In District of Columbia vs. Heller in 2008, the court ruled that Americans have a right to guns for self-defense in their homes, but the opinion included this often-cited line that appears to favor California firearm relinquishment laws — “nothing in our opinion should be taken to cast doubt on longstanding prohibitions on the possession of firearms by felons and the mentally ill.”

Shooting deaths in places once reserved for celebration are now as American as apple pie and Fourth-of-July parades

July 6, 2022

Things are less clear after last year’s ruling in New York State Rifle & Pistol Assn. vs. Bruen, which struck down a New York law requiring a person to show a special need before being granted a license to carry a concealed weapon. The court in Bruen said constitutionality of a gun restriction turns on whether it’s “consistent with this Nation’s historical tradition of firearm regulation.”


The court will soon consider whether to overturn laws that restrict gun possession by people who are clearly dangerous although not convicted, and those convicted but not necessarily dangerous. California has laws in both categories.

The meaning of the “right to keep and bear arms” has been disputed even since before the 2nd Amendment was drafted. The Supreme Court won’t settle the question, but its search for compromise can quiet the argument for another decade — or bring disaster.

Nov. 3, 2021

Quite alarmingly, the U.S. Fifth Circuit Court of Appeals in February struck down a Texas law that requires people to give up their guns when a domestic violence restraining order is issued against them. The plaintiff in U.S. vs. Rahimi was not (yet) convicted of a felony but was obviously dangerous, with a documented history of injuring his girlfriend and firing his gun in anger at others.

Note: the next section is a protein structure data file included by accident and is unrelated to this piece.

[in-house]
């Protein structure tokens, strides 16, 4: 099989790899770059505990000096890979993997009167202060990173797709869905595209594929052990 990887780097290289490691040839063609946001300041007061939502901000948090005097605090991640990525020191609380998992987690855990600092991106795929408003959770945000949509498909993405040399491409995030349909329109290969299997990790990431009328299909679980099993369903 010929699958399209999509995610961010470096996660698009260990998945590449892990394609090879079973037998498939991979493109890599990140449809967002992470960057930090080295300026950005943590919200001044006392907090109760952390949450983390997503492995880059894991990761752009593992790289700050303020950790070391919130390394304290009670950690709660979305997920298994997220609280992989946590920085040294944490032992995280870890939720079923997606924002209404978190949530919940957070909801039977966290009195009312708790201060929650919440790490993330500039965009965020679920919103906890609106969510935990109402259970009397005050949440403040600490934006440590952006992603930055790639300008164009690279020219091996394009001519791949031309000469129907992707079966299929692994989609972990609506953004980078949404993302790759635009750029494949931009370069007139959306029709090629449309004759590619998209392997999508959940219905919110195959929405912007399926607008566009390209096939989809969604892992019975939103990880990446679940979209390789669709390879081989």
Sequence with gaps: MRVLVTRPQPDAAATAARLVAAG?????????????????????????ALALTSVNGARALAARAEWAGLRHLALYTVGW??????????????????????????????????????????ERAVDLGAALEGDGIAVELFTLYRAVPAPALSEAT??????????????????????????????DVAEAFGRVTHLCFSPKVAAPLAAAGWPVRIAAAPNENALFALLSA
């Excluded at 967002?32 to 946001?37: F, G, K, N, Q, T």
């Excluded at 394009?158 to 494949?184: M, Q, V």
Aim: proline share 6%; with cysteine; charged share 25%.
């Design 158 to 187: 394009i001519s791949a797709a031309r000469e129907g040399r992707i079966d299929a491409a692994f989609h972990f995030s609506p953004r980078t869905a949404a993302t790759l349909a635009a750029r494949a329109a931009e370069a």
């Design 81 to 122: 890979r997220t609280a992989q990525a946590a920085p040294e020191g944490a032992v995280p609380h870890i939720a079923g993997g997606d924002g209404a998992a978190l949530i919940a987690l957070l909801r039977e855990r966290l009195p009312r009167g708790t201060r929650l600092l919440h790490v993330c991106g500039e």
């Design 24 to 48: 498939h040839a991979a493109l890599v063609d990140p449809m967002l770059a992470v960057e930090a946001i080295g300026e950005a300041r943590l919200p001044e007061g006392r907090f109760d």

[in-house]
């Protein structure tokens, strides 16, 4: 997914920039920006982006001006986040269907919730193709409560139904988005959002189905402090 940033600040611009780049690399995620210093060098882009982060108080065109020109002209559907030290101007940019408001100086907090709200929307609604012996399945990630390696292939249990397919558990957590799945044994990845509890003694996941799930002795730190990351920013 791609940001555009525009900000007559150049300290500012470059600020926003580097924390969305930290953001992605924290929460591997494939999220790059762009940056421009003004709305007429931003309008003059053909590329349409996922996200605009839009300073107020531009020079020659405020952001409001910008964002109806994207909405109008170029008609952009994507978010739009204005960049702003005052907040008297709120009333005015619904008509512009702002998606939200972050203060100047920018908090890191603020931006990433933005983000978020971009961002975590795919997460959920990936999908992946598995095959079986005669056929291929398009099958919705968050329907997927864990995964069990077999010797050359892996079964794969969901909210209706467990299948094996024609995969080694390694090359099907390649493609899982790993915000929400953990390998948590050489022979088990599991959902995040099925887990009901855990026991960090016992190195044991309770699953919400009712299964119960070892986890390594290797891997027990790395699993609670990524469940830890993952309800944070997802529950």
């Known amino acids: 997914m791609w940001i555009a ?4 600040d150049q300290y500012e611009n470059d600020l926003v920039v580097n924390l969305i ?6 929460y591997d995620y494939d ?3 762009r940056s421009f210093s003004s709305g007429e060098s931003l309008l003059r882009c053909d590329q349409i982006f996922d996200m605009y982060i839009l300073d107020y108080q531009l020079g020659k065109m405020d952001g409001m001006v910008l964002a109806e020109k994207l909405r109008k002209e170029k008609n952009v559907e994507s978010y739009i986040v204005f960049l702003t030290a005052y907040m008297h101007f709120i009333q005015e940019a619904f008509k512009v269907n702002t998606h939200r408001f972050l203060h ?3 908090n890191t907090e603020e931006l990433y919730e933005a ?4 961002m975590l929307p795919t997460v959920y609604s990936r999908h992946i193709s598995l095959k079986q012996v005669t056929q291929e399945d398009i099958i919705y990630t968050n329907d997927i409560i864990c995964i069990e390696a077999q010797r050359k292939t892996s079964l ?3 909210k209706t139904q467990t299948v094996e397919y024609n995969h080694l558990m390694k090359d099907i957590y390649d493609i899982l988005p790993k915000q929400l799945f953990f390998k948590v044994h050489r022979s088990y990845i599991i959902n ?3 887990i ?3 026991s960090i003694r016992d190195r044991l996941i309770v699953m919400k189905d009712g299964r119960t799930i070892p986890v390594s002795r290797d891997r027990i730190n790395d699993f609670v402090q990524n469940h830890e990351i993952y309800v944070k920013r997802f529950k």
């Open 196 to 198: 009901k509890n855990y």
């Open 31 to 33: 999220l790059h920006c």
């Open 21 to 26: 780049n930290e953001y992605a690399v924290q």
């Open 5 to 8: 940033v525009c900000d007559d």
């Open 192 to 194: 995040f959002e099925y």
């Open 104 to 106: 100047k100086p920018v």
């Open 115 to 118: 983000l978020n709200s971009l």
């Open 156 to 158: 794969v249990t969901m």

Yet, the court reasoned, the U.S. had no domestic violence restraining orders when the Bill of Rights was adopted in 1791, so under the Bruen decision, the ban violates the 2nd Amendment. The Supreme Court has accepted the case for review.

Perhaps it’s the fate of the United States to watch its soul die along with the 19 students and two adults shot to death Tuesday at an elementary school in Uvalde, Texas.

May 24, 2022

Then in June, the U.S. Third Circuit Court of Appeals ruled in Range vs. Attorney General that a federal felon-in-possession ban cannot constitutionally apply to a person convicted of a nonviolent crime in Pennsylvania.

Not only were there no such bans against nonviolent convicts in the 18th century, the majority wrote, but there were no lifetime bans even against violent felons who had served their sentences and returned to their communities. That case too may appear before the Supreme Court.

The decision striking down a New York law that restricts who can carry a concealed handgun could doom some of California’s smart gun safety laws.

June 23, 2022

Fong’s bill does not create a new felon-in-possession ban. It simply makes an existing California law easier to enforce. The Senate should pass it when it returns from its recess next week even though the law it supports may be in jeopardy.